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Cryobiology. 1987 Aug;24(4):324-31.

Modes of interaction of cryoprotectants with membrane phospholipids during freezing.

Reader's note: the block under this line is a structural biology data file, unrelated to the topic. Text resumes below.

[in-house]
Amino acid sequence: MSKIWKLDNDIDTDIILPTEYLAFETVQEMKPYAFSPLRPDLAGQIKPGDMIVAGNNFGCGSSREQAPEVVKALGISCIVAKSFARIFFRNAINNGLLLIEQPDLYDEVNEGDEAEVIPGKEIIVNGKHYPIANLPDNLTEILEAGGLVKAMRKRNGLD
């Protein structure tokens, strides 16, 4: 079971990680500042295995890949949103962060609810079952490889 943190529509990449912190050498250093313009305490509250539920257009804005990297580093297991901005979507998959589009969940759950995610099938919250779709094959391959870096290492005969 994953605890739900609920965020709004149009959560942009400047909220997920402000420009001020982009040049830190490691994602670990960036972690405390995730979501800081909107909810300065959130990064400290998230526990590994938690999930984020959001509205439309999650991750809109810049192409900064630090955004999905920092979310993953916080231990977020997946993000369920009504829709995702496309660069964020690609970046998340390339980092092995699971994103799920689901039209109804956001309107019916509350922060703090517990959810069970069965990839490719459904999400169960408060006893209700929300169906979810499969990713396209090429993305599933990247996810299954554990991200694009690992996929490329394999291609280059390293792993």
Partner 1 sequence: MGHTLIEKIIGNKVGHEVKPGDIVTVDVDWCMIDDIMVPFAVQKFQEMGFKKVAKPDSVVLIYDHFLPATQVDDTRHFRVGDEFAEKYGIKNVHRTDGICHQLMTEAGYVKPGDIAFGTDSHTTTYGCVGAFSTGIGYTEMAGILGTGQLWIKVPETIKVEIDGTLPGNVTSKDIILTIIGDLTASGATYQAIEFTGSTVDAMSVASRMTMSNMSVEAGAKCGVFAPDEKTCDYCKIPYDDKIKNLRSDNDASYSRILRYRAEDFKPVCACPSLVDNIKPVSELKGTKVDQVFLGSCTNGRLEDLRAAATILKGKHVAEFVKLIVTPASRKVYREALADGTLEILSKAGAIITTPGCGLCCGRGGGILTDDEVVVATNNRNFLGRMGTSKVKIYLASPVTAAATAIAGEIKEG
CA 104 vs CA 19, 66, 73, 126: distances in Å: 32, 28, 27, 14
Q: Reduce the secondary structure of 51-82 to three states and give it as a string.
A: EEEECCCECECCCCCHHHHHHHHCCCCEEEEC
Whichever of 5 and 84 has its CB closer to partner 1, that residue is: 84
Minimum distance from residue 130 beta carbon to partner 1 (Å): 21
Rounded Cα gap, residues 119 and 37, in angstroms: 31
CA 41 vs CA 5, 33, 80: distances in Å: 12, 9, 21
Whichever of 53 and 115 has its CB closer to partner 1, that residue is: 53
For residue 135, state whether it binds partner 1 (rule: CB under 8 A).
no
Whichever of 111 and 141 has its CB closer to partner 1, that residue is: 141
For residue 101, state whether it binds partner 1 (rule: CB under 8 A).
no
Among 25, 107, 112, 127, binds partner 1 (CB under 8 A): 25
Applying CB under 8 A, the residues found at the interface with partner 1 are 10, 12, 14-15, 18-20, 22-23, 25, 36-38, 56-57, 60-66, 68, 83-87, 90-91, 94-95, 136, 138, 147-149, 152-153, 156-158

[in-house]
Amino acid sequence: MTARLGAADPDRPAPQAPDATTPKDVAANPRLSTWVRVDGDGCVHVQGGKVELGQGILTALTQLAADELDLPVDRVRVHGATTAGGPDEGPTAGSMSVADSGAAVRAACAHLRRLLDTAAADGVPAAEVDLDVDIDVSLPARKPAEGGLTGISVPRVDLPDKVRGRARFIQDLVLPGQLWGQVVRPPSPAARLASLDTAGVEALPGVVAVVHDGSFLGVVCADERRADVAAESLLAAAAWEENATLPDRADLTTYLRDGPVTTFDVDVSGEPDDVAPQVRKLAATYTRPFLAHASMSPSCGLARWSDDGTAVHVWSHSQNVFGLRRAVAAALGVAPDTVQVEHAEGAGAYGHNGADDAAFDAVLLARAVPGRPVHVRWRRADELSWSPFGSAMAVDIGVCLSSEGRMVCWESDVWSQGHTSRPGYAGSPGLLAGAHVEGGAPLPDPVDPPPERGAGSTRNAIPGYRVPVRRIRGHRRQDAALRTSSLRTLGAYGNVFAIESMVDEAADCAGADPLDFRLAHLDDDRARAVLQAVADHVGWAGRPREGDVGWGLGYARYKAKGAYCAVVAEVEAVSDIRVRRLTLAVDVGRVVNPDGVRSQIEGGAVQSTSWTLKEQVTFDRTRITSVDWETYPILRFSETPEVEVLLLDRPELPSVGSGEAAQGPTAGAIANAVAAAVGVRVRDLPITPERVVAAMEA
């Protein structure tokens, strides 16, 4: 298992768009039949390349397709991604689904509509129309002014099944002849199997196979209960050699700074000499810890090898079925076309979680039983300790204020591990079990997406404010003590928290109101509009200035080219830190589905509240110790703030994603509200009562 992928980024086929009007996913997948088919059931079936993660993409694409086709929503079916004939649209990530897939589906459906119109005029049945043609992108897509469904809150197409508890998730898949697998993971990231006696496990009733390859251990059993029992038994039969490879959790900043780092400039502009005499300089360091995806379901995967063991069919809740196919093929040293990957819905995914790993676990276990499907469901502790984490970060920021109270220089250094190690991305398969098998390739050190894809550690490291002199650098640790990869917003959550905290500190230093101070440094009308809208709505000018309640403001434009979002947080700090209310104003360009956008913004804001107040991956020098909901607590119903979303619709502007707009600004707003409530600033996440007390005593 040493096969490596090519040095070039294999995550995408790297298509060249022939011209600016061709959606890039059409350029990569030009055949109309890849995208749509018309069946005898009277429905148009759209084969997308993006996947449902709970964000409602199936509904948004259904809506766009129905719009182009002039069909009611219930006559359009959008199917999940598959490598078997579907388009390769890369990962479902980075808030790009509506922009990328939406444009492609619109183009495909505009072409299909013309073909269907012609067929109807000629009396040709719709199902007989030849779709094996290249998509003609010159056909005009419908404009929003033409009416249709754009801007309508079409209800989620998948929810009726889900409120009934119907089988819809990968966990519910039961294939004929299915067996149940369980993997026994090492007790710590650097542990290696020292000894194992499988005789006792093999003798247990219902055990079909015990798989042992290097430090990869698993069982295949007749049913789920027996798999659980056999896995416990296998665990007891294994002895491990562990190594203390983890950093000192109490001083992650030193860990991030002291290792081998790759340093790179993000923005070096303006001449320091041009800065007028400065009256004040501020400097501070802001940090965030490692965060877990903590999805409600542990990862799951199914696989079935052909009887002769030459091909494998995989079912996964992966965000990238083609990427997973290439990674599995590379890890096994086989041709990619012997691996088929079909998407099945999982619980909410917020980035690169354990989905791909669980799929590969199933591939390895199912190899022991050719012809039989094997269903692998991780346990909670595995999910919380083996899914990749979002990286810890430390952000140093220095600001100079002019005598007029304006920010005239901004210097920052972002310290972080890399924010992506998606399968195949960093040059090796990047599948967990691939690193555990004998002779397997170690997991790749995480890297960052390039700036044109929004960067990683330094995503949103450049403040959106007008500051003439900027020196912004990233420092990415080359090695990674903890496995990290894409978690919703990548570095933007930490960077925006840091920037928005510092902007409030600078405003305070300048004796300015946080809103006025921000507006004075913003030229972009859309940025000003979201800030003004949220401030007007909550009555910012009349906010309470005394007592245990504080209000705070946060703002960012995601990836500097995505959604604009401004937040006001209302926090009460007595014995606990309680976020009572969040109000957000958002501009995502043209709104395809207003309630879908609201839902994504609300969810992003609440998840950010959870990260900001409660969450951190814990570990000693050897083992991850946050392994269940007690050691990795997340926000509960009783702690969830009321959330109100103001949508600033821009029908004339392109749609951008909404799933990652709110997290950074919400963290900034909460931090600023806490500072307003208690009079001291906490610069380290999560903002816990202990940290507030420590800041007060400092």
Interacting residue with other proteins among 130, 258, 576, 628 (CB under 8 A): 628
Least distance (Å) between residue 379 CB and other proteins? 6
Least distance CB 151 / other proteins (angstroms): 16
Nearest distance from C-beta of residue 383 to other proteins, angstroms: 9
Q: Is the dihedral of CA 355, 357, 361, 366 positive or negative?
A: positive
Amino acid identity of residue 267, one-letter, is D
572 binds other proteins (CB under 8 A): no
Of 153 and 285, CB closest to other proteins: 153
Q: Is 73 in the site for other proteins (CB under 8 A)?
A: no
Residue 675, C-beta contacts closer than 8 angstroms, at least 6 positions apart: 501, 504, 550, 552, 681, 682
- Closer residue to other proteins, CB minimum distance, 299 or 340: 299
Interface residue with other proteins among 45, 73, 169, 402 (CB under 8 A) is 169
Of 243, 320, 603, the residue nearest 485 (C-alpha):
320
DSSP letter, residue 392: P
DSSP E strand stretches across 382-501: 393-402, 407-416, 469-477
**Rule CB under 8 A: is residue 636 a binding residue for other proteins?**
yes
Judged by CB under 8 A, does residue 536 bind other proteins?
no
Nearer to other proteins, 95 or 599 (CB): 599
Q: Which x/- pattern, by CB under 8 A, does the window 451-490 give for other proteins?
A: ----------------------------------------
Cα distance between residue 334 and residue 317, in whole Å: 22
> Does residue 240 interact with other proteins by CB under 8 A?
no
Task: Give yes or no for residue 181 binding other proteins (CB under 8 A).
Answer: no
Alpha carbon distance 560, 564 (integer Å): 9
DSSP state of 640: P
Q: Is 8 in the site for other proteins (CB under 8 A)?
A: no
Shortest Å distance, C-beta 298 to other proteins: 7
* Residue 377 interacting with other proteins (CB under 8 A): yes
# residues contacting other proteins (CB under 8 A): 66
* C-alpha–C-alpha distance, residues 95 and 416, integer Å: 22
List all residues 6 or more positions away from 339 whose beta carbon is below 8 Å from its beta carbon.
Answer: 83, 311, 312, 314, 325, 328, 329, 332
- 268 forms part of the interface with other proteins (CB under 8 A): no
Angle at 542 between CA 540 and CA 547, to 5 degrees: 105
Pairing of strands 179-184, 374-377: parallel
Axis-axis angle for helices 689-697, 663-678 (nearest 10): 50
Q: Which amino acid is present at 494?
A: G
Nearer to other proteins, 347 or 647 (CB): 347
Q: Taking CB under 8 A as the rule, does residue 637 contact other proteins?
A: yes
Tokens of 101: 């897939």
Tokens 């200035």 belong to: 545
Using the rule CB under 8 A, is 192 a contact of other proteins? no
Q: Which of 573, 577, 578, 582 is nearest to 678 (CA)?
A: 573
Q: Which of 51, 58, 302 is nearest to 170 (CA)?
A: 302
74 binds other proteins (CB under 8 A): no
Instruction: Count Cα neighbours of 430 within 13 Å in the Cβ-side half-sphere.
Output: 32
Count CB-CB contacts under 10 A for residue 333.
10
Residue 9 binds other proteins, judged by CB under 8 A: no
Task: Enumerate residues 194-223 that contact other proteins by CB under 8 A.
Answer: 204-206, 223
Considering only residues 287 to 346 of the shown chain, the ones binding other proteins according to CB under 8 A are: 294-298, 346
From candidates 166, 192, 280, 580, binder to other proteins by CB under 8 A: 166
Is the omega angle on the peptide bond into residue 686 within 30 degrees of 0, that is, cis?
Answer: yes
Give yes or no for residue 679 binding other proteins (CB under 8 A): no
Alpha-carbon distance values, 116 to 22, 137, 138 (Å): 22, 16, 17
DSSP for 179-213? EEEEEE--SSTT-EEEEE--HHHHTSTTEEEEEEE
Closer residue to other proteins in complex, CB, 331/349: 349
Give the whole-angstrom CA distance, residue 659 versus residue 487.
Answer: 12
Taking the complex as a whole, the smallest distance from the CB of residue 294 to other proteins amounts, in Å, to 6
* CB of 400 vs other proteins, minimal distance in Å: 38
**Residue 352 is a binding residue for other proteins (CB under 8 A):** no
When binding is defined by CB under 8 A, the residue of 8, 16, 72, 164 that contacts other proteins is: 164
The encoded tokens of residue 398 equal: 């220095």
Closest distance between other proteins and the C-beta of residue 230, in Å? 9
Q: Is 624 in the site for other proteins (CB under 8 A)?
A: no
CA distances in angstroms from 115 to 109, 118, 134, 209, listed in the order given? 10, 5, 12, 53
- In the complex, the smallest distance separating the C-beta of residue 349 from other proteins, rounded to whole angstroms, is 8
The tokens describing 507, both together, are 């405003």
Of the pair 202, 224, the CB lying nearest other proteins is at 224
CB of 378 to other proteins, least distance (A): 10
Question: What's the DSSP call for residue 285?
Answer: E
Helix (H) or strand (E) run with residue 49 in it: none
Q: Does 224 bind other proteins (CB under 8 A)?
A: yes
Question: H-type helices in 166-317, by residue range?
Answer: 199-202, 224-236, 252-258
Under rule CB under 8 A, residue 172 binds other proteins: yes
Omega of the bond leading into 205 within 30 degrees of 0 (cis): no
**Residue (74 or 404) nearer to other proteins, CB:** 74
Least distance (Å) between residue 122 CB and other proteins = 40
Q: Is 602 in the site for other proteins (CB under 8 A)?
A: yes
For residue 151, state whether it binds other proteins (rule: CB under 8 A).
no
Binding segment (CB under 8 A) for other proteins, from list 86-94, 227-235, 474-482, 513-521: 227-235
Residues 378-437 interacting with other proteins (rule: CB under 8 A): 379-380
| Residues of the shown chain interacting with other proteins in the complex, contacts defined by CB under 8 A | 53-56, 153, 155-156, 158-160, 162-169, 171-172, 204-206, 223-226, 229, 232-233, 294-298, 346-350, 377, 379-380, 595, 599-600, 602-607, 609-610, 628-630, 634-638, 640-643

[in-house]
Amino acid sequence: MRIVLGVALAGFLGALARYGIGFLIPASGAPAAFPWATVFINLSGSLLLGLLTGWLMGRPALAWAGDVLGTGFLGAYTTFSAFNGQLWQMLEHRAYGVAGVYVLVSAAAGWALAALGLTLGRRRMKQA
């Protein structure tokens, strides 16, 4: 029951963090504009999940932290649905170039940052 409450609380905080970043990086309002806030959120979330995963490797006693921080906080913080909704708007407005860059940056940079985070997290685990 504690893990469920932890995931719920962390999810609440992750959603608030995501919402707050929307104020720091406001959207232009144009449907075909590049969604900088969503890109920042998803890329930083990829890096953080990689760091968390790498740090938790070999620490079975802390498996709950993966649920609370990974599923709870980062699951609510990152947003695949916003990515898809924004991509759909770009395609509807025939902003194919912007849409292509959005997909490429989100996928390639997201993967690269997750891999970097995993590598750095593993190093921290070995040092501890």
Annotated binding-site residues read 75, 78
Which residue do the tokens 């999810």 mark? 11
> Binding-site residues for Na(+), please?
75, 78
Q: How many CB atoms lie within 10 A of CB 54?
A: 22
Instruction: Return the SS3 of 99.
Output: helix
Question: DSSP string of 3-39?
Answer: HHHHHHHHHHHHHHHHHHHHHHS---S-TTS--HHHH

The abilities of a variety of compounds to inhibit liposome fusion during freeze/thaw were assessed by resonance energy transfer. Small unilamellar vesicles have been frozen according to three different protocols. Membrane intermixing was seen to be relatively independent of freezing protocol except when glycerol, dimethyl sulfoxide (DMSO), or sarcosine was used as the cryoprotectant. Low concentrations of polyvinylpyrolidone or 4-hydroxyproline enhanced fusion of liposomes, whereas high concentrations of these compounds had no effect. Glycerol, DMSO, proline, betaine, and sarcosine reduced fusion, but only when their concentrations were greater than 1 M. The most effective cryoprotectants were trehalose and sucrose, which both reduced fusion to minimal levels at concentrations of only 0.2 M. We have also used europium to probe the modes of interaction of these compounds with phospholipids. Europium, which is known to bind to the phosphate headgroup, maximized fusion in liposomes subjected to freeze/thaw. This "europium-induced" fusion was progressively reduced by the presence of increasing sucrose, trehalose, or glycerol, suggesting a competition for the headgroup. However, the presence of proline, betaine, or sarcosine did not reduce europium-induced fusion, suggesting that these compounds do not compete for the headgroup. Substitution of polar side chains on the hydrophobic regions of proline or sarcosine eliminate their cryoprotective properties, suggesting that these compounds interact with the acyl chains of the bilayer.

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